You can even carry devices that have larger lithium-ion batteries of up to 160 watt hours per battery but only with the airline’s approval. However, when it comes to carry-on baggage, spare batteries that have the same size as these lithium-ion batteries are restricted to a maximum of two cells.

How do you make lithium batteries suitable for carry-on baggage?

There are a few safety precautions one has to adhere to for making their lithium batteries suitable for carry-on baggage.

1.Avoid carrying revived, damaged or dead batteries on the plane. These batteries can be dangerous because they contain unstable content within their cells and can, therefore, easily short out or catch fire in the plane. Leave out any battery that is in poor condition at home or dispose of them appropriately before boarding the plane for your safety and that of other passengers.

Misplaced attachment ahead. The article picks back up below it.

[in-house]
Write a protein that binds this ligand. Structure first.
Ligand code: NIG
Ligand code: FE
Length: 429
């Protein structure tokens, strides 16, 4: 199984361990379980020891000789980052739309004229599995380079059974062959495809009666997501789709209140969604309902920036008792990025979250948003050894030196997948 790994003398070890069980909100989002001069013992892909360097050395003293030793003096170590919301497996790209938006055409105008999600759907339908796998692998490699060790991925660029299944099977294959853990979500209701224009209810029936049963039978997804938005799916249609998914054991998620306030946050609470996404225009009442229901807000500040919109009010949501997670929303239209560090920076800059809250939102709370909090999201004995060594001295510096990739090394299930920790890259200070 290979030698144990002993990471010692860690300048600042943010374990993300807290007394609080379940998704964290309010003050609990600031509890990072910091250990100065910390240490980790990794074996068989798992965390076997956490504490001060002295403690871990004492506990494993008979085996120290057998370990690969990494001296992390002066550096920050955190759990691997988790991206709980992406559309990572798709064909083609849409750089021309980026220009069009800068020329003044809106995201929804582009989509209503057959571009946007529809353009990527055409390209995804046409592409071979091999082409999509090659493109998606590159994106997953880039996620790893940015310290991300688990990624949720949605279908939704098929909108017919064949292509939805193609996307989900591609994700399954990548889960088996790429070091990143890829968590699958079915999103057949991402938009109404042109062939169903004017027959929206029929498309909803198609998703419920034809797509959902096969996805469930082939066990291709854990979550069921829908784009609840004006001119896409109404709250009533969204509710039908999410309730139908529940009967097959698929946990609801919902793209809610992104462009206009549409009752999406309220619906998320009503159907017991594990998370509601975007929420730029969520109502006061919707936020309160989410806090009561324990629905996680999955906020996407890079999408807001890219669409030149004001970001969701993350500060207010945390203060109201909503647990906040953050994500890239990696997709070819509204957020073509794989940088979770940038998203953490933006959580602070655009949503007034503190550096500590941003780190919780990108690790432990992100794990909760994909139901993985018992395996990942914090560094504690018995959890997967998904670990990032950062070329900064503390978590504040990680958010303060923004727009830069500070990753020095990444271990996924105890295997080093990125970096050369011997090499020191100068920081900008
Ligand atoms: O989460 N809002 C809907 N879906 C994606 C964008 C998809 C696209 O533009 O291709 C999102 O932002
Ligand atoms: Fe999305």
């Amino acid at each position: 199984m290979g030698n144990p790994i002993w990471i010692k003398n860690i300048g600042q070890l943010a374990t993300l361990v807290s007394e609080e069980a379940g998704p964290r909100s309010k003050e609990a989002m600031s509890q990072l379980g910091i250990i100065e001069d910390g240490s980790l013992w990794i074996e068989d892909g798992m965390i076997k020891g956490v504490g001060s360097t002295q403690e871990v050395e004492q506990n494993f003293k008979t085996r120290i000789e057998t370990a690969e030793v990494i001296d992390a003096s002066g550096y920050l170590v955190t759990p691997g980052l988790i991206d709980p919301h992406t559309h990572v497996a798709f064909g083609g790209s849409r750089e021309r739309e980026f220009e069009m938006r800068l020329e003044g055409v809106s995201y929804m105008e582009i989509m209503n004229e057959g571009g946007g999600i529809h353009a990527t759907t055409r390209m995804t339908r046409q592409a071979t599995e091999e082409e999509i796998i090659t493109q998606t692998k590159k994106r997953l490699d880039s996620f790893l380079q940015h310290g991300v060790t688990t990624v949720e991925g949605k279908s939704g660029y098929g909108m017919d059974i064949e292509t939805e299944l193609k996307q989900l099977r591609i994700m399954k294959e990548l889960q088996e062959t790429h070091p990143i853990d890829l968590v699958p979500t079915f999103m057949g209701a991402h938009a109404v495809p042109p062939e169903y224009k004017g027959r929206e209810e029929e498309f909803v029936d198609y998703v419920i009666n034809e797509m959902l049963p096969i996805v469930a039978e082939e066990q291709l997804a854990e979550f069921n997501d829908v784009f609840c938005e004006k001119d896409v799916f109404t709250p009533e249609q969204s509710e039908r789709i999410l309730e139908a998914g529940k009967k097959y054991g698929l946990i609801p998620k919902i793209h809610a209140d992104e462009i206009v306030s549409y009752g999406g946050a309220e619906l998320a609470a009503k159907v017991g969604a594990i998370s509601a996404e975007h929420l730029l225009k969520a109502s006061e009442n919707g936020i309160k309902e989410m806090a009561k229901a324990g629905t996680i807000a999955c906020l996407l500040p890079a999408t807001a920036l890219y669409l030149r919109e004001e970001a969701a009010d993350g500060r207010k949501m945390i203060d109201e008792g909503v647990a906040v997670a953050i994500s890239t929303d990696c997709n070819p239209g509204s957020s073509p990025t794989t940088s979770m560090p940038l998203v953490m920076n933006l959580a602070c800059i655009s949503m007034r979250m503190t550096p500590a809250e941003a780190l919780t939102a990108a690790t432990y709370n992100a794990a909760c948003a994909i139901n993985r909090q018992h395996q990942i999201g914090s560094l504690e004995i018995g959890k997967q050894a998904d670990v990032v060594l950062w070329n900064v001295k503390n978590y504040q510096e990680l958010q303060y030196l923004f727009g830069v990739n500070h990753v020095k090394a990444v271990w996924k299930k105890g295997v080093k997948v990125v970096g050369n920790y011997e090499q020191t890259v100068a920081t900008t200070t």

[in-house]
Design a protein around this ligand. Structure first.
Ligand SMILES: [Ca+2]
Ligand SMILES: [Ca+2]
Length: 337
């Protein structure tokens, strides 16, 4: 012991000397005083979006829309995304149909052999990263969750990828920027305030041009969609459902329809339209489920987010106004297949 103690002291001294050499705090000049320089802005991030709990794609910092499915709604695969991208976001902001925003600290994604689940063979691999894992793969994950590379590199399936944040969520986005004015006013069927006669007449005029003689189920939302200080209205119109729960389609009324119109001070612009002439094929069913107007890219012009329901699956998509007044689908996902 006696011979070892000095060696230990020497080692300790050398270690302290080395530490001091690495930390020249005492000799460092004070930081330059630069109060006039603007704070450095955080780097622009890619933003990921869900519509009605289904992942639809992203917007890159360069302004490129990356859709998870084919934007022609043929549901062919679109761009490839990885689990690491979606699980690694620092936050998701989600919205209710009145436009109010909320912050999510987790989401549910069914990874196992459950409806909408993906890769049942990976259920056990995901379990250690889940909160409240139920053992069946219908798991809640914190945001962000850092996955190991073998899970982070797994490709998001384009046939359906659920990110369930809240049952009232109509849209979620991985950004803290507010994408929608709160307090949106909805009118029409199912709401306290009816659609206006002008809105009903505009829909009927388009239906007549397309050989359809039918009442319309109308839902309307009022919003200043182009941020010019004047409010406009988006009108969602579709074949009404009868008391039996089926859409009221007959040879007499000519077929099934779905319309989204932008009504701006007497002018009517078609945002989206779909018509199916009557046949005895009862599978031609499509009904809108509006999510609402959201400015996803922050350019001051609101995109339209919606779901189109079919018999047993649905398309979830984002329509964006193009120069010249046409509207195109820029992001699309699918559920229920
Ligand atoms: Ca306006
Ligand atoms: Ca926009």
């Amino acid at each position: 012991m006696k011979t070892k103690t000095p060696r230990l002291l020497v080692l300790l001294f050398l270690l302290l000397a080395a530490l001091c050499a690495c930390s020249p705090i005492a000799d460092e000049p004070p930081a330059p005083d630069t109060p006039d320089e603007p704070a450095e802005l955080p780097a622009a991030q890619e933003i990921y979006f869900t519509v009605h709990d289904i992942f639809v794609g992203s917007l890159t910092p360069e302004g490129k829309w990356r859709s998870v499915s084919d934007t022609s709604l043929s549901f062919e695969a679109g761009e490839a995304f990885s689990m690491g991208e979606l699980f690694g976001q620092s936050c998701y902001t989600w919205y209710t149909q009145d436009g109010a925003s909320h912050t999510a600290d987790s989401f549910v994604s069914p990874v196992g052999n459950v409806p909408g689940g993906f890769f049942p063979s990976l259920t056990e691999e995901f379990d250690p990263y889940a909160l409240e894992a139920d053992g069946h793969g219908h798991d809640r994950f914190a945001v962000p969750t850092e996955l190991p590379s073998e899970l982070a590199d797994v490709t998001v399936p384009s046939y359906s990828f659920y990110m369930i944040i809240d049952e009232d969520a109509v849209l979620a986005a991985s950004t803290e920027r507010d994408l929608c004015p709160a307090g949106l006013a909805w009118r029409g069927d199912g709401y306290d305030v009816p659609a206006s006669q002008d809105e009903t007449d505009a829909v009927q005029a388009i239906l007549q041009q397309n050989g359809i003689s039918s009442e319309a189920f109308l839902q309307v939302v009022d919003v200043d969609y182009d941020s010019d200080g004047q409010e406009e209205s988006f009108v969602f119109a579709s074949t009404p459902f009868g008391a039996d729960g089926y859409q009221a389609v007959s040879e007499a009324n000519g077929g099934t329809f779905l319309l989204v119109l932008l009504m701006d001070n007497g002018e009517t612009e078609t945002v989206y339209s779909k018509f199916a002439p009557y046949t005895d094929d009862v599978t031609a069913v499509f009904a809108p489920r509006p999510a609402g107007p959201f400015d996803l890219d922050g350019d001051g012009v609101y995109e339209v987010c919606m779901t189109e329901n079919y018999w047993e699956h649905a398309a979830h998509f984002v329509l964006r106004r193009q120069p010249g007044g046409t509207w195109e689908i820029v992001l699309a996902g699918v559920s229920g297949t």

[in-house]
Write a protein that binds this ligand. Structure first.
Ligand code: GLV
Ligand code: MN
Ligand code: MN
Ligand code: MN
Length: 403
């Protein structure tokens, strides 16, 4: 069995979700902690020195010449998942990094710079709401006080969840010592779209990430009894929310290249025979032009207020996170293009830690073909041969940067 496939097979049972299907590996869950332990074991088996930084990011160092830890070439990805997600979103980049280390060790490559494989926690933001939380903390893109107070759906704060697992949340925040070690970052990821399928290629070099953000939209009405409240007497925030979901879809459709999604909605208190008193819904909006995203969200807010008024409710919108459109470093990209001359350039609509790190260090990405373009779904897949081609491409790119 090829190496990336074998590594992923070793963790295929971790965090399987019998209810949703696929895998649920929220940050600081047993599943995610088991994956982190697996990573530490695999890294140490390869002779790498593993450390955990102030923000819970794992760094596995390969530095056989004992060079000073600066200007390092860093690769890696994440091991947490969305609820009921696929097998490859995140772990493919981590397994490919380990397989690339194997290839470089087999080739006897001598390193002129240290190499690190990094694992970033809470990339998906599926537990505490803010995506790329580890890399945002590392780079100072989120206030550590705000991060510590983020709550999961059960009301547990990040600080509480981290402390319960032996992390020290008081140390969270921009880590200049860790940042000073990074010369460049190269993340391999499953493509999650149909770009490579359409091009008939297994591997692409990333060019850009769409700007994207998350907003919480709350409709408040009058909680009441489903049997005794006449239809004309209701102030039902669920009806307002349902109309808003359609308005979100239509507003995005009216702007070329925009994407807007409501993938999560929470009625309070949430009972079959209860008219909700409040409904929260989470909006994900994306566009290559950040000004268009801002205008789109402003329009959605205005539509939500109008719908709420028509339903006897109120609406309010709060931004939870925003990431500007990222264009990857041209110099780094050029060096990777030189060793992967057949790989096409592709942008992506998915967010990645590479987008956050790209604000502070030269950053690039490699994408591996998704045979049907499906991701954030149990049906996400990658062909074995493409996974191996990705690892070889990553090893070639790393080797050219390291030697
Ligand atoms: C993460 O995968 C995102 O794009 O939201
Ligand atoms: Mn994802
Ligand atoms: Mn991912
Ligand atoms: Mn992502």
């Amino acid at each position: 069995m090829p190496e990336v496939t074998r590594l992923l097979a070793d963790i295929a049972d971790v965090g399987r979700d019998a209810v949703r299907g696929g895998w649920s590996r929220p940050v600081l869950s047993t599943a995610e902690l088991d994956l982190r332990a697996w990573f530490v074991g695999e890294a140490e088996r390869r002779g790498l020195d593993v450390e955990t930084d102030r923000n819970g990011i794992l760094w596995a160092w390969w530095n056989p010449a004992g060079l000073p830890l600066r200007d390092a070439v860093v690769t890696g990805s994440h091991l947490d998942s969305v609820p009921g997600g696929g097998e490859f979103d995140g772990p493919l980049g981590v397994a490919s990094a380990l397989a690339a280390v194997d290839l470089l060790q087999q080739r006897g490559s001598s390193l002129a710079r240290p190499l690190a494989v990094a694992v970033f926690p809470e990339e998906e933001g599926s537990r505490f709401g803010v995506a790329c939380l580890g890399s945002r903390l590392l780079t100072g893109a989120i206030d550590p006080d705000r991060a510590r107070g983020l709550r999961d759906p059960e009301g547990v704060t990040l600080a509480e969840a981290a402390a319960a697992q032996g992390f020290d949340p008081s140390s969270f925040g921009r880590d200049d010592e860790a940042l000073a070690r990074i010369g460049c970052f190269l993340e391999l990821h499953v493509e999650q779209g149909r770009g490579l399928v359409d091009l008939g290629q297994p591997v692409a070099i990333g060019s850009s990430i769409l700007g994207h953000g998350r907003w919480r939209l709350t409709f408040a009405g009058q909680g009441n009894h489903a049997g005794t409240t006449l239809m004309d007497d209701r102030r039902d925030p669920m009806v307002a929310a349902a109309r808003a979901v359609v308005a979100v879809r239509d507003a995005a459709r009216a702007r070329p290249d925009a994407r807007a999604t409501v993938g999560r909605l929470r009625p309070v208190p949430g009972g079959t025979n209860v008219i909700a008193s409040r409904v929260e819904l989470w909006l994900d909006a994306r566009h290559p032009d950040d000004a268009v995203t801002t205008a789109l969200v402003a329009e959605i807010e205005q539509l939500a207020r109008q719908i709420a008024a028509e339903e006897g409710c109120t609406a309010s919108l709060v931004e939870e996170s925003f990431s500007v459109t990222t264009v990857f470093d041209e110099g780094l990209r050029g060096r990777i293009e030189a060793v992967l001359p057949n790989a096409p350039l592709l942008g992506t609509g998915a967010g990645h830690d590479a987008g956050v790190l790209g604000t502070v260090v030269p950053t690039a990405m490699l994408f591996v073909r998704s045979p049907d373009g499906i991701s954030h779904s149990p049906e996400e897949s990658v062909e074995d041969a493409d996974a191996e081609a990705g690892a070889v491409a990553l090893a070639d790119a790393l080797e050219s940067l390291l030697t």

2.If you’re aware that you will be carrying lithium batteries on the plane, try to insulate the terminals by covering them with tape. This will help prevent any shorts in case the terminal comes into contact with any metal object inside your bag. A short can immediately start a fire on the plane and thus, causing panic.

3.If you intend to carry spare batteries, be sure to insulate the terminals and place them in plastic airtight bags. However, you should never put two batteries together in a bag because once the terminals come into contact; it may result to short circuits, thereby causing fires.